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The Capital Region of Denmark - a part of Copenhagen University Hospital
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Glucocorticoids and the risk of schizophrenia spectrum disorder in childhood and adolescence - A Danish nationwide study

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  1. Emotion recognition latency, but not accuracy, relates to real life functioning in individuals at ultra-high risk for psychosis

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  2. During day and night: Childhood psychotic experiences and objective and subjective sleep problems

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  3. Anomalies of imagination in the schizophrenia-spectrum: Empirical findings

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  4. Evidence that self-reported psychotic experiences in children are clinically relevant

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  1. A large-scale genomic investigation of susceptibility to infection and its association with mental disorders in the Danish population

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  2. Visual attention in adults with attention-deficit/hyperactivity disorder before and after stimulant treatment

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  3. Validation of the Danish version of the brief negative symptom scale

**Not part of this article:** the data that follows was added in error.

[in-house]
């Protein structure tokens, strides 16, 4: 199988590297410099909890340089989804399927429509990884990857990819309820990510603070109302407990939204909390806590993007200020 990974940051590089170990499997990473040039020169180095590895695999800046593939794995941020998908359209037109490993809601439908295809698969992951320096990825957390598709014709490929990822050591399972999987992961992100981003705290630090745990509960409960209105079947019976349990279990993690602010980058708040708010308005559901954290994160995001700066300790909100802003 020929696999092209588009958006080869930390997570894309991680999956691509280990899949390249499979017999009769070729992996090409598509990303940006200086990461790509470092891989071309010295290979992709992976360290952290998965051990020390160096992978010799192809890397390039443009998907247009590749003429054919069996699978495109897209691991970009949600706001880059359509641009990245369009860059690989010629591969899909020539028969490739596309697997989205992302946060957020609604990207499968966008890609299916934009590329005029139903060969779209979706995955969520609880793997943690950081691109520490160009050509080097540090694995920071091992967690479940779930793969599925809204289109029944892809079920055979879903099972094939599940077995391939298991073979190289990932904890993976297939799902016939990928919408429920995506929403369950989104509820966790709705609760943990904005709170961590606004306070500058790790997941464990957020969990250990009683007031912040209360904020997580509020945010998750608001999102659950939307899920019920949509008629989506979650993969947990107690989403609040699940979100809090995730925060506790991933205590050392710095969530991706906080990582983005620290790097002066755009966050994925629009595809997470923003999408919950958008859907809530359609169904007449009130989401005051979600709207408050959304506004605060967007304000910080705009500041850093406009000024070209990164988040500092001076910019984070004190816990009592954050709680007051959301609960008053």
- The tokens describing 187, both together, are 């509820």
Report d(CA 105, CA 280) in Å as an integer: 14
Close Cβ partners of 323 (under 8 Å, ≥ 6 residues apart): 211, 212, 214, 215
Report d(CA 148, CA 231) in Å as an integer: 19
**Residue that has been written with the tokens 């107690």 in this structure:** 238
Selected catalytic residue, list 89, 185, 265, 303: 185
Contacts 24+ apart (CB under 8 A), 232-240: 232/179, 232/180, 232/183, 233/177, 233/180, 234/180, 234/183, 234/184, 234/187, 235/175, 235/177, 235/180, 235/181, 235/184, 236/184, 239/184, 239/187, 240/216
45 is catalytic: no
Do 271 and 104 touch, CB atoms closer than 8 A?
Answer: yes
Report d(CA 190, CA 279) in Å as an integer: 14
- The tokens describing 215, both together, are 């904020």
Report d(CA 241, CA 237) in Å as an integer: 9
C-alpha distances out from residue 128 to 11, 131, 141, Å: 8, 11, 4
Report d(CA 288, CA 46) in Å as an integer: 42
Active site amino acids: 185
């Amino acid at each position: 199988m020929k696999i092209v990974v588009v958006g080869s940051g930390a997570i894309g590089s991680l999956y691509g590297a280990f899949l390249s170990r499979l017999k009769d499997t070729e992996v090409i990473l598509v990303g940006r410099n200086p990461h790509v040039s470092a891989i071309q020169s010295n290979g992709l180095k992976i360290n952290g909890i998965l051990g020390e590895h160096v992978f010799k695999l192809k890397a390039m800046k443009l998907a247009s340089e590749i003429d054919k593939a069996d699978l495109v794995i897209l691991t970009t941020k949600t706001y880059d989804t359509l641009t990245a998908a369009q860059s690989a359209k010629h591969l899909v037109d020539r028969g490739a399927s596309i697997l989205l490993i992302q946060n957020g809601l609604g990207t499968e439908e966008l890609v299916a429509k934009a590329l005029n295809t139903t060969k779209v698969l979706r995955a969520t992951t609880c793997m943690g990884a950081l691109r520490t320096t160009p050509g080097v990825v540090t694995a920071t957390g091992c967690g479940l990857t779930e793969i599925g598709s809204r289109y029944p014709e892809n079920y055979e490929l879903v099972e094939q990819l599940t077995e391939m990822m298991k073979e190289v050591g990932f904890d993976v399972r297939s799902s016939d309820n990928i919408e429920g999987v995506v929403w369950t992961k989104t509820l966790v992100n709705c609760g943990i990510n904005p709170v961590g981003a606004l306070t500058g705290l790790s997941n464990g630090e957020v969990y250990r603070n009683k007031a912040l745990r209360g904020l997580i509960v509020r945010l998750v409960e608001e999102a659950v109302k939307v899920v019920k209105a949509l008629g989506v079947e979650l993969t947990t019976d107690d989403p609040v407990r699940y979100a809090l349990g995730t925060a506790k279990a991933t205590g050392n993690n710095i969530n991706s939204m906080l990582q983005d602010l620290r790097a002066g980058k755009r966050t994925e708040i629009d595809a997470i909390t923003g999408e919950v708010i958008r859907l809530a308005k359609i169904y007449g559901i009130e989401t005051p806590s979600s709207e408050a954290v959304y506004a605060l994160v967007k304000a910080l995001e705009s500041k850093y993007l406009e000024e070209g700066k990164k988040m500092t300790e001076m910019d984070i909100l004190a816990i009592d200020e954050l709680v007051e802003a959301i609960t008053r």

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Glucocorticoids can have psychosis as a potential side effect, but have also been suggested to yield protective effects due to anti-inflammatory properties. Nonetheless, knowledge is sparse on the association between glucocorticoid treatment and development of psychosis, which we aimed to study in this first large-scale longitudinal study. Among all individuals born in Denmark 1995-2003 (n=597,257), we compared individuals who had redeemed ≥1 prescription for glucocorticoids to an active comparator group and a non-exposed group concerning subsequent development of schizophrenia spectrum disorders until 2013. Hazard rate ratios (HRR) were estimated using Cox regression adjusted for calendar year, age, gender, urbanization, somatic diseases, parental educational level and psychiatric history. The risk for a subsequent diagnosis of early-onset schizophrenia spectrum disorder (N=1141) was increased after exposure to both non-systemic (HRR=1.47; 95%-CI=1.25-1.73; N=371) and systemic glucocorticoids (HRR=1.66; 95%-CI=1.13-2.43; N=34), when compared to non-exposed individuals. Similar elevated risks were observed when comparing to the active comparator group, for schizophrenia and acute psychosis, and within an older cohort. The risk of psychosis was elevated the most within the first year after exposure to glucocorticoids (P<0.001) without any indication for a dose-response association. However, in individuals with asthma, exposure to glucocorticoids did not further increase the risk of psychosis. Glucocorticoid exposure was associated with an increased risk for psychotic disorders, which may be explained by an effect of the underlying somatic disease, such as asthma. A potential beneficial effect of glucocorticoids on psychotic symptoms should be investigated in clinical trials.

Original languageEnglish
Article number199
JournalSchizophrenia Research
Pages (from-to)116-122
Number of pages7
ISSN0920-9964
DOIs
Publication statusPublished - 19 Sep 2018

ID: 54977248